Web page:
Compile LPub4

with XCode

November 2010


LPub4 is the best (and almost only) tool for generating building instructions for LEGO models. Developed over the years by Kevin Clague it has been used to generate the building instructions for numerous books. I use it for all of my own work.

This tutorial will show you how to build the latest release of LPub4 for Mac OS using the native Mac developer tool: XCode. I have tested this using Mac OS 10.6.5 on an older spec MacBook Pro.

Download the latest Qt libraries

Qt is an open-source toolkit used for cross-platform graphics programming. It is ideal for building GUI applications such as LPub4. Before you can build LPub4 you will need the latest version of the Qt libraries installed on your Mac.

As of this writing the latest release is Qt 4.7.1. You can find more up-to-date versions at: Be sure to select the LGPL option for downloading. You will be presented with a set of download options, much like the following screenshot. Select the Qt libraries 4.7.1 for Mac from the list on the right-hand side.

Once you have completed the download launch the Qt installer and follow through the standard installation steps for any piece of Mac software. The Qt libraries are installed in /usr/local/Qt4.7/

Get the latest LPub4 source

The source code for LPub4 is available in SourceForge. You can check out the latest code using cvs:

Start Terminal, and then enter:

cvs login

which will log you into the CVS repository at sourceforge with anonymous access. Just press Enter when prompted for a password.

Next, download the latest LPub4 source tree:

cvs -z3 co -P LPub4

you will see the source code being downloaded in your Terminal window, and it will end up in a folder named LPub4.

Install Xcode

Before you begin you will need a copy of Xcode, Apple’s development IDE for Mac OS. A copy of Xcode is located on your Mac OS install DVD. Insert the DVD and navigate to the XcodeTools package, double-click on it to launch the installer. Alternatively you can download XCode from the Mac developer website:

Create the XCode Makefile

The next step is to create a Makefile for building LPub4 that is tailored to XCode builds. Change to the LPub4 directory where you copied the source code in Terminal. Enter the following command to create an XCode Makefile:

/usr/bin/qmake -spec /usr/local/Qt4.7/mkspecs/macx-xcode -macx -o Makefile

Not much seems to have happened (in the way of all good Unix tools :) but if you look in the LPub4 folder you will see that a new XCode project has been created:

Build LPub4 using XCode

Wow, all this work and we still haven’t even built the code yet! Well don’t worry, we can now get to work and run XCode to do the build. Double click on the Makefile.xcodeproj in your Finder to launch XCode 3:

By default XCode selects a debug build. Click on the pull-down menu highlighted above to select a release build. Then double-click on the Makefile in the “Groups & Files” panel to edit the Makefile properties. A window will open as shown below.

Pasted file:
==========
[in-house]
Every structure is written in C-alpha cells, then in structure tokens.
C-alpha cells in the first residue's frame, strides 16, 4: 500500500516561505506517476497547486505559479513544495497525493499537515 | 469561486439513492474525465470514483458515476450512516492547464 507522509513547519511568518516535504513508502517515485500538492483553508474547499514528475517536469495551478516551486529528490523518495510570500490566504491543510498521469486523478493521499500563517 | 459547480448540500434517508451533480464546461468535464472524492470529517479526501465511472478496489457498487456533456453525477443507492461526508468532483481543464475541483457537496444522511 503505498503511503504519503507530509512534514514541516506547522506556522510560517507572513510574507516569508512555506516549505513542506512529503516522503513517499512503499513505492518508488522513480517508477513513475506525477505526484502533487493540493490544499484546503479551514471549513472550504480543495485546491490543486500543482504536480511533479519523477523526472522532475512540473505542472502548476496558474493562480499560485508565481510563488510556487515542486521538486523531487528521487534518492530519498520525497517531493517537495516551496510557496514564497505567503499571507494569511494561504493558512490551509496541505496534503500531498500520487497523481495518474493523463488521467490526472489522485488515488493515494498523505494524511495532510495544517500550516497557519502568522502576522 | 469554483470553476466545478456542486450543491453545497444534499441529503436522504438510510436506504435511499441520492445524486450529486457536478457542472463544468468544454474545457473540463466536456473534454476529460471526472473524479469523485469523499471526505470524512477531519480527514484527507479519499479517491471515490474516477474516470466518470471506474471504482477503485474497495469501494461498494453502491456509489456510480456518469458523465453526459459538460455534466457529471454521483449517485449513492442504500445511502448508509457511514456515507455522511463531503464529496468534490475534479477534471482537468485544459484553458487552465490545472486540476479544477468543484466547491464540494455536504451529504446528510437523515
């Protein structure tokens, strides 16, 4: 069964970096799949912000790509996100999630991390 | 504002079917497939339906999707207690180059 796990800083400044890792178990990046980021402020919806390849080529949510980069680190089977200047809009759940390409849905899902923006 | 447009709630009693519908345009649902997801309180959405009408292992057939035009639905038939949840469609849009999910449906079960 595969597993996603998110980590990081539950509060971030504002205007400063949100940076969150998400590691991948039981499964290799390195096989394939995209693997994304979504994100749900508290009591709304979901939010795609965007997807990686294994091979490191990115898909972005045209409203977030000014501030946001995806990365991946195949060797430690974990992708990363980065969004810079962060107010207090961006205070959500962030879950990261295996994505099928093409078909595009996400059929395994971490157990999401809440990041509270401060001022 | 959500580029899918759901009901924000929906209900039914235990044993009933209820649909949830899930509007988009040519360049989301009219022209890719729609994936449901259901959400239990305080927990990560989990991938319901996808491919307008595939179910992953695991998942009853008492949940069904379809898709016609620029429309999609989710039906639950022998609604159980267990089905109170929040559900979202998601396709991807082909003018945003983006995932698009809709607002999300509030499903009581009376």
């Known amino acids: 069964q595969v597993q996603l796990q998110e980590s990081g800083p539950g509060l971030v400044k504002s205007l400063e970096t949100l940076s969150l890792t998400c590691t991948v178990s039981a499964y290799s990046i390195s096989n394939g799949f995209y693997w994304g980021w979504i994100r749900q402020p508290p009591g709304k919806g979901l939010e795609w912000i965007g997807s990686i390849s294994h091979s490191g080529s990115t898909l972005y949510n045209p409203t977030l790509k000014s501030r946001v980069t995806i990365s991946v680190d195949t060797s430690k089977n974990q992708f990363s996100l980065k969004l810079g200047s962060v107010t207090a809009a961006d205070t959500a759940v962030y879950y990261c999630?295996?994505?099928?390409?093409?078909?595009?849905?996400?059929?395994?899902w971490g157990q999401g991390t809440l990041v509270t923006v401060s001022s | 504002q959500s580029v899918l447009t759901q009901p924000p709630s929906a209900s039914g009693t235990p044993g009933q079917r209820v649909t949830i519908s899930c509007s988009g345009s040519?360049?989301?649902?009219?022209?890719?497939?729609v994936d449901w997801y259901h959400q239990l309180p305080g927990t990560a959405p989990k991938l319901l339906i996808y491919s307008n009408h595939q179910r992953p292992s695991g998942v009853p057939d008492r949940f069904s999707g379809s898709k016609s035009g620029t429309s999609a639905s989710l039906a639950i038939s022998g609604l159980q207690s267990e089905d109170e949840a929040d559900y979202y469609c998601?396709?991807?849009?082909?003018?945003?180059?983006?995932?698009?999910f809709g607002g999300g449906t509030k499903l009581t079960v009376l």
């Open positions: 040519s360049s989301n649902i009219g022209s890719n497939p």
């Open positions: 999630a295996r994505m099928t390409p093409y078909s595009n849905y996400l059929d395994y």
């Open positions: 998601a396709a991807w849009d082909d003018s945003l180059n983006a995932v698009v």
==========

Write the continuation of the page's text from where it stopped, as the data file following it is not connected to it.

By default the Makefile generated includes targets for older PowerPC (ppc) architectures. On my i386 Mac running Mac OS 10.6 I discovered that the linker step would fail if these targets remained in the Makefile. So we can edit them out by double-clicking on the Valid Architectures line and in the dialog box select remove all the architectures except i386 and x86_64.

Select the ppc, ppc54, ppc7400 and ppc970 lines and click on the - button. Then click ok. Close the Makefile Info window.

And now (drum roll) we can build LPub4! Click on the “Build and Run” button and the build should commence:

All going well the build should complete and then Lpub4 will open and run from within XCode. Test it out to make sure everything works ok, and then you can quit XCode.

The LPub application will be saved in the LPub4 folder that contains the Makefile.xcodeproj we created earlier.

Create an application bundle

Now we have the application built there is one final step. We would like to be able to distribute the LPub application as an application-bundle. In the Mac world an application bundle contains everything the application needs to run; you can drag it into your Applications folder and when you are done with it you drag it to the Trash.

Luckily the good folks at Qt have created a script to automate building a Mac application bundle using Qt libraries. And they have sensibly named it macdeployqt. To use it simply open the Terminal in the directory contain the and run

/usr/bin/macdeployqt -dmg

The -dmg option creates a disk-image to contain the final application in.

And here is one I prepared earlier: a compiled version of LPub.dmg version for Mac OS 10.6!



Last updated 26 November, 2010

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